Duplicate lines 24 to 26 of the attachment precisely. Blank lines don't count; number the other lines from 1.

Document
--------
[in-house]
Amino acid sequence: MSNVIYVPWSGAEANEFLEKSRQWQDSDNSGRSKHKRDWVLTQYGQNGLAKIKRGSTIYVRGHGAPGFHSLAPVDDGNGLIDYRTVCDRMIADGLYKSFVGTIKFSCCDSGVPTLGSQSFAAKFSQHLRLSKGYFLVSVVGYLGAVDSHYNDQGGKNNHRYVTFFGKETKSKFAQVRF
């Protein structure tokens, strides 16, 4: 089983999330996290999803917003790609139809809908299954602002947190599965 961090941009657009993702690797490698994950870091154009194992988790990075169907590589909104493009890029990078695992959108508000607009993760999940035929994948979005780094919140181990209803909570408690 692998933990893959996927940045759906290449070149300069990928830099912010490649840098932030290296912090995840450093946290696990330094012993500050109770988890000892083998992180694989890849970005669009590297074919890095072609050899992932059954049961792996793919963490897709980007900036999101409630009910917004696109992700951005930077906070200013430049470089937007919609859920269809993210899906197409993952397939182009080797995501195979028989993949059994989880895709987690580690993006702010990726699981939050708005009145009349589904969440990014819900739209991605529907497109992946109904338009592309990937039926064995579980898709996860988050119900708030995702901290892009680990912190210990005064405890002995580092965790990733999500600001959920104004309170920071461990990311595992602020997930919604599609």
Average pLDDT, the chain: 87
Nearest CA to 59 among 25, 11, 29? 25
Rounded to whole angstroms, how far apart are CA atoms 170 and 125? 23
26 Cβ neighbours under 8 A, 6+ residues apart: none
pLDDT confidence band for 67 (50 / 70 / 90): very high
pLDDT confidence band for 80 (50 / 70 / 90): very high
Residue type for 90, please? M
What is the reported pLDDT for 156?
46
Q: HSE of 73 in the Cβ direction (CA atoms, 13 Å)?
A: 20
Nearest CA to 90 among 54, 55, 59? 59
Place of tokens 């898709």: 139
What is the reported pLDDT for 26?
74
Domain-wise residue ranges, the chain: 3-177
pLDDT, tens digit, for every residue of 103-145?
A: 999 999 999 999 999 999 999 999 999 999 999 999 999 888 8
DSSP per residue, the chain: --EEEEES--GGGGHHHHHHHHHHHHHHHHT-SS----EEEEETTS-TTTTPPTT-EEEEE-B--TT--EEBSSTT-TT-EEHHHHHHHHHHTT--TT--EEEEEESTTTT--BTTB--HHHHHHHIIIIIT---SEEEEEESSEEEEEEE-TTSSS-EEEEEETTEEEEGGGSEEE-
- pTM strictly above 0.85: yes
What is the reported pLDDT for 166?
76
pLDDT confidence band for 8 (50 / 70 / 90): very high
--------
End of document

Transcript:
What is the reported pLDDT for 166?
76
pLDDT confidence band for 8 (50 / 70 / 90): very high